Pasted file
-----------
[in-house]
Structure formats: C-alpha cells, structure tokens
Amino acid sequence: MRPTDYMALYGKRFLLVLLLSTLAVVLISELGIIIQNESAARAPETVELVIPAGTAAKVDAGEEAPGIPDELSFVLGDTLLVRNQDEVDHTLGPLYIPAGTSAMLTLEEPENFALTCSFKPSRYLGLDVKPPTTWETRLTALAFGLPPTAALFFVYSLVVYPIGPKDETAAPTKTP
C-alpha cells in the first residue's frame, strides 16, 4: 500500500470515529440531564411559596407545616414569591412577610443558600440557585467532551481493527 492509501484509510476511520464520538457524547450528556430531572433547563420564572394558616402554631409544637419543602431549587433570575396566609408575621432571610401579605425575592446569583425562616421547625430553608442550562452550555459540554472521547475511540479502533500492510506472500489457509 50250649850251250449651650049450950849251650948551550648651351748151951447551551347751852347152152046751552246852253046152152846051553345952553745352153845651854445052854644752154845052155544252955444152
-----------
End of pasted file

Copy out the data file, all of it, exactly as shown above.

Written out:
[in-house]
Structure formats: C-alpha cells, structure tokens
Amino acid sequence: MRPTDYMALYGKRFLLVLLLSTLAVVLISELGIIIQNESAARAPETVELVIPAGTAAKVDAGEEAPGIPDELSFVLGDTLLVRNQDEVDHTLGPLYIPAGTSAMLTLEEPENFALTCSFKPSRYLGLDVKPPTTWETRLTALAFGLPPTAALFFVYSLVVYPIGPKDETAAPTKTP
C-alpha cells in the first residue's frame, strides 16, 4: 500500500470515529440531564411559596407545616414569591412577610443558600440557585467532551481493527 492509501484509510476511520464520538457524547450528556430531572433547563420564572394558616402554631409544637419543602431549587433570575396566609408575621432571610401579605425575592446569583425562616421547625430553608442550562452550555459540554472521547475511540479502533500492510506472500489457509 50250649850251250449651650049450950849251650948551550648651351748151951447551551347751852347152152046751552246852253046152152846051553345952553745352153845651854445052854644752154845052155544252955444152